Wednesday, June 3, 2015

ADHD and Fibromyalgia

It's been a long time since I've been able to write in this blog. I have been so busy it's incredible. But some of the "busy" I put on myself, because I've finally been able to DO THINGS! Yes, I am not kidding. Let me tell you what happened.

My son was having trouble in school. He had always been a great student. Suddenly, he couldn't start writing his papers, he couldn't finish anything, etc. He didn't turn in papers/homework. His teacher was getting very frustrated with him. I wasn't too frustrated, because I was used to I was also frustrated to constantly hear that he wasn't turning in work. It turned out it was ADHD.

I took him to a psychiatrist, who also diagnosed ME with ADHD. I am ADHD Combined Type. They divide ADHD into subsets now. It used to be ADD and ADHD with the ADD being the sluggish person and the ADHDer being a very hyper person. But now they don't use "ADD" and they just use "ADHD" and break it into the primary types. There is primarily Inattentive Type, Hyperactive Type, and the middle bear is named Combined Type. This one is juuuuust riiiight!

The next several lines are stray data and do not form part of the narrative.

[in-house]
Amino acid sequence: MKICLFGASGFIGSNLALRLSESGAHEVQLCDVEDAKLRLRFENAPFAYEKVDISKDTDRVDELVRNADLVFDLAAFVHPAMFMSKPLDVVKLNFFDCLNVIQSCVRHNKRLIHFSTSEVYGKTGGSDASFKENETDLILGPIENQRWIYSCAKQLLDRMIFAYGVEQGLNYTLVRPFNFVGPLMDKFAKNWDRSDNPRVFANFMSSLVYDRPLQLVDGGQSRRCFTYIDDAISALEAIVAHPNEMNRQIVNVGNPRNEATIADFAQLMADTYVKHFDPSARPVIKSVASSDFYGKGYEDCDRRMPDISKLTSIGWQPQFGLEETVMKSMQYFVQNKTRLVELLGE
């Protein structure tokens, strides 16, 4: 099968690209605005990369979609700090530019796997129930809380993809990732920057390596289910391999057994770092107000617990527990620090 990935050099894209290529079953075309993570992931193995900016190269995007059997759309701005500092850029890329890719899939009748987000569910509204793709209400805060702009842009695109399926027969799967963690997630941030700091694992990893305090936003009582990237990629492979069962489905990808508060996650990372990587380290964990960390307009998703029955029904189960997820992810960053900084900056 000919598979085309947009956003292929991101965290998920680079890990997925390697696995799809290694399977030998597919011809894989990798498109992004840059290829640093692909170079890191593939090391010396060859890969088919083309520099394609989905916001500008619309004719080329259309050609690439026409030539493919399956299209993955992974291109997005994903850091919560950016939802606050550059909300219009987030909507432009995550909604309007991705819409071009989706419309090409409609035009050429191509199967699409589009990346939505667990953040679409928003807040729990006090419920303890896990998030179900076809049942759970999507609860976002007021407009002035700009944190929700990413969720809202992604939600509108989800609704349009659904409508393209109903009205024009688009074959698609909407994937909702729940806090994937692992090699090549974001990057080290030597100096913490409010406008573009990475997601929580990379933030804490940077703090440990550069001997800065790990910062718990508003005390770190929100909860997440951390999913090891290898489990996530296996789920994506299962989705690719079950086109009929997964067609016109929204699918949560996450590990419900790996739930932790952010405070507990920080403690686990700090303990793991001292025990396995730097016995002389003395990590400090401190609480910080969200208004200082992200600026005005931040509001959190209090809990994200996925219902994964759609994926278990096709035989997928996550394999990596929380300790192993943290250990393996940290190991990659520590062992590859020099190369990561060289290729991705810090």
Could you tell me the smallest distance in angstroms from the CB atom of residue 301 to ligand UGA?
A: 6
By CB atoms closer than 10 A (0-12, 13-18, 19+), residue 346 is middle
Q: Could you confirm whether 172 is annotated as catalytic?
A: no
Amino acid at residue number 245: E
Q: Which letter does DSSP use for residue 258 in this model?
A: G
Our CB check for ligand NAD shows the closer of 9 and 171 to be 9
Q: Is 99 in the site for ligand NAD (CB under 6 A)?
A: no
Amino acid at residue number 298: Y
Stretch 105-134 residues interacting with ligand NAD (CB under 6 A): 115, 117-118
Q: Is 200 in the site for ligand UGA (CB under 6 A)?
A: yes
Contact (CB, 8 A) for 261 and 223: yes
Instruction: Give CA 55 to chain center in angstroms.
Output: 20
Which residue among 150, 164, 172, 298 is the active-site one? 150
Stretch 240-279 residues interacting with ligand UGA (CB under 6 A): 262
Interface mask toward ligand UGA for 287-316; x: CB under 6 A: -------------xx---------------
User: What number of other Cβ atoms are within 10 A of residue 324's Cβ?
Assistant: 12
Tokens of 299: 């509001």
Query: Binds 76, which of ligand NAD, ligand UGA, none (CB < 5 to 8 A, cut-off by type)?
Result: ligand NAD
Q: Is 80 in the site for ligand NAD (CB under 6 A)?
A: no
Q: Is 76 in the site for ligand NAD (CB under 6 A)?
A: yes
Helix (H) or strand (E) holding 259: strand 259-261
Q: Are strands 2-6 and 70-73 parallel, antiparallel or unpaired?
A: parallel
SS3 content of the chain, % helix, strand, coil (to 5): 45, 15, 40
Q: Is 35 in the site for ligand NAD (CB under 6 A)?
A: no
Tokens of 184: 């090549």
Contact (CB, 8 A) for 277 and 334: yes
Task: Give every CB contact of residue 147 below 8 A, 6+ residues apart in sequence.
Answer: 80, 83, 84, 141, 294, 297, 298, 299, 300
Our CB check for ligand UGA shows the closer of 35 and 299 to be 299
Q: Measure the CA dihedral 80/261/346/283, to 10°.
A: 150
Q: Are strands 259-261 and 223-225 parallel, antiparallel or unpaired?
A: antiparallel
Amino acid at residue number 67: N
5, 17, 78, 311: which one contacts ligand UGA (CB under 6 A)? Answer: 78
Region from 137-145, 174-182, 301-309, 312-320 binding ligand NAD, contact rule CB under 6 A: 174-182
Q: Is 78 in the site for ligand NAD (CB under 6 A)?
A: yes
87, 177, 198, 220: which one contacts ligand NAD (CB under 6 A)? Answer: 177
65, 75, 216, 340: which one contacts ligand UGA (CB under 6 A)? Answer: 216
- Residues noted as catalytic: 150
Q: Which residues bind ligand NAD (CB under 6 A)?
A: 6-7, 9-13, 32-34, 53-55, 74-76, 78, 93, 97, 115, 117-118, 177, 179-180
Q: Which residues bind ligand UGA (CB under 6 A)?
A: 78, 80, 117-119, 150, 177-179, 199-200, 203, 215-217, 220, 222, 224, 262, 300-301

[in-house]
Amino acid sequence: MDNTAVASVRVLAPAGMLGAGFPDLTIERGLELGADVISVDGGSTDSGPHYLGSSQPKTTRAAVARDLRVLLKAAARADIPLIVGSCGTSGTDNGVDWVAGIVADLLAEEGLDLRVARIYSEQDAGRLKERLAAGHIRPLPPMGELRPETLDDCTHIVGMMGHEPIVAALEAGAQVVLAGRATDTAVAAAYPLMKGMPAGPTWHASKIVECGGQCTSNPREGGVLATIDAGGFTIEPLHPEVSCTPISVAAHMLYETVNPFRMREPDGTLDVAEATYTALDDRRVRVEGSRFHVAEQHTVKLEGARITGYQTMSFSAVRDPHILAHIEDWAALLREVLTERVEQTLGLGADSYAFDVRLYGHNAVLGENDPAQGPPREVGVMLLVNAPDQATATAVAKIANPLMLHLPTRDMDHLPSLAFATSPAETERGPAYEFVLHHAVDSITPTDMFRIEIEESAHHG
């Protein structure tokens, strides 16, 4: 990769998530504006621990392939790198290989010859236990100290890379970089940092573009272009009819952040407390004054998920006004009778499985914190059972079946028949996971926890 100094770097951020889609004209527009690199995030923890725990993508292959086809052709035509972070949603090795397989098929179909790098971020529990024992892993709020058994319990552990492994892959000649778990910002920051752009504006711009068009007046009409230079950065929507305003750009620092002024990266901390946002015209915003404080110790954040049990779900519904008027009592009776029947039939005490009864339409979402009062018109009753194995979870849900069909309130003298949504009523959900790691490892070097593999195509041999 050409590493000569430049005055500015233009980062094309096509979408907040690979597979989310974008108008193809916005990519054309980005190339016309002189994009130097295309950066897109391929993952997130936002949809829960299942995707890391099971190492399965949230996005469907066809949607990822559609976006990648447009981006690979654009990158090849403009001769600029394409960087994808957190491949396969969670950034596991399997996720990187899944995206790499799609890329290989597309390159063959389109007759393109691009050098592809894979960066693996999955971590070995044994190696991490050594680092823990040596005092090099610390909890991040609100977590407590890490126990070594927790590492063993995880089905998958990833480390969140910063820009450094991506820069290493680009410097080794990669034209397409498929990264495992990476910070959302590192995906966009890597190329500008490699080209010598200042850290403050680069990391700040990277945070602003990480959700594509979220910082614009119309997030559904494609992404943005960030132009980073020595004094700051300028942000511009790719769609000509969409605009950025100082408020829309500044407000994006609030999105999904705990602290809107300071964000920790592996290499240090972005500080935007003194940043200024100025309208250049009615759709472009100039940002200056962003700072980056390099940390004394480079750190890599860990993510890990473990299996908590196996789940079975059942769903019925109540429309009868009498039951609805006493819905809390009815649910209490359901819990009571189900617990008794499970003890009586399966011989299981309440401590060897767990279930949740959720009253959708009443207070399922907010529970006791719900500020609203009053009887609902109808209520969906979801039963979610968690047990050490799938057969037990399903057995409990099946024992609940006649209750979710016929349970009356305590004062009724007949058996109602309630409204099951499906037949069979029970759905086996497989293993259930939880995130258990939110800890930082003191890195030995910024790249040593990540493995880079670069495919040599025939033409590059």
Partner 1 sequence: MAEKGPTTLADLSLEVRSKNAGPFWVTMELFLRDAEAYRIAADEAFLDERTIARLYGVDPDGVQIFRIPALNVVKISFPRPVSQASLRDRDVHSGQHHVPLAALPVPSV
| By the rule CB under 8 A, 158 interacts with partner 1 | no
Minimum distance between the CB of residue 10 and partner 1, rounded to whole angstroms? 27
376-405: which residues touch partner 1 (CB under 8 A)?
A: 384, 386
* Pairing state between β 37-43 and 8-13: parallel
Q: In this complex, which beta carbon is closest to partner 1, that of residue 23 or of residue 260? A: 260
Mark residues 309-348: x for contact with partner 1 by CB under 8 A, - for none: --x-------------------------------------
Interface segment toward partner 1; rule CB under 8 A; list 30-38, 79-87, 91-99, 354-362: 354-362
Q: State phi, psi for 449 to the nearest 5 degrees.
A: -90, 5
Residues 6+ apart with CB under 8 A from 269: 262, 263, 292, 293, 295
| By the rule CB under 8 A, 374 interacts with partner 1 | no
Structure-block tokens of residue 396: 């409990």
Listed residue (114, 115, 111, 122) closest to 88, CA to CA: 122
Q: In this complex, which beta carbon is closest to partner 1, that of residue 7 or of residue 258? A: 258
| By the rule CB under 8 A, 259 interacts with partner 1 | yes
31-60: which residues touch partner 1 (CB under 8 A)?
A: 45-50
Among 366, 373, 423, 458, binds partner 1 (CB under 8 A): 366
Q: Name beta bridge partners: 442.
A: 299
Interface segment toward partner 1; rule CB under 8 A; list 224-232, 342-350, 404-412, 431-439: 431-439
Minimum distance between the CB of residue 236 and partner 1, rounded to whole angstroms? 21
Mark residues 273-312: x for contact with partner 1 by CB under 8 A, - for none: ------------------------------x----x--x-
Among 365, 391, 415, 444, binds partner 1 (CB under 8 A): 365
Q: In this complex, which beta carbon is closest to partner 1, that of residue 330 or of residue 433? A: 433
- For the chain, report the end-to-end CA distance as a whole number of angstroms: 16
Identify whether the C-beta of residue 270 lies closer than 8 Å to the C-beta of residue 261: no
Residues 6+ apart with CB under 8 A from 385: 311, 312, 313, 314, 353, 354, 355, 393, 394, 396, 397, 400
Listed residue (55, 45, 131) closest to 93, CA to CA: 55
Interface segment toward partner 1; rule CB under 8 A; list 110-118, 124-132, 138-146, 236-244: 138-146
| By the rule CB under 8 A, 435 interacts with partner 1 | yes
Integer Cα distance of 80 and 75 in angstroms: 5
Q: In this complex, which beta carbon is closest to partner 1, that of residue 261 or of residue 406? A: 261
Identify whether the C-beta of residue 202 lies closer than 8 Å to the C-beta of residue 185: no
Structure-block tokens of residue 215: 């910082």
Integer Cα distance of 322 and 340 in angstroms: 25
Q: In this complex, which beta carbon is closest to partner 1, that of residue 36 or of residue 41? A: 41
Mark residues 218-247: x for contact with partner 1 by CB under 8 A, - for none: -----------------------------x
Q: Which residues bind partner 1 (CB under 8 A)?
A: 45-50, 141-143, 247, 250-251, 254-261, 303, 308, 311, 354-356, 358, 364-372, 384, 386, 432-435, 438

Well a lot of things make sense now. Why when I was in elementary school, and the teacher said it was quiz or test time, EVERYBODY ELSE knew about the test or quiz. I didn't remember anything about a quiz or test and had no idea why. Often, I'd feel as if I had been tricked. Like the rest of the class had had a meeting and I wasn't allowed to attend the secret meeting. But it wasn't that. I was there in body, but my mind was off in la la land.  My drawing all through classes was a form of helping myself focus and concentrate, and deal with painful boredom.

Women with ADHD often slipped under the radar, because people thought ADHD was "a boy thing," and girls tend to be quiet and not disruptive in class. Out of sight out of mind. Now, teachers are starting to get a clue. I was fortunate that the teacher who brought my son's problems to my attention was a teacher my daughter had had years before, and I knew that this teacher wasn't wanting to get kids on drugs to keep them under control. So I listened. It took me awhile, because I can be sluggish to act and make phone calls, but together we saw that my son was really struggling. Something was wrong.

Now, you may not believe in ADHD.  I already understand that people don't believe in things they can't see. Having Fibromyalgia, we are aware of this fact, yes? But as a famous scientist (whose name I can't recall right now) said, "The great thing about science is that   it is real whether you believe in it or not." How true that is!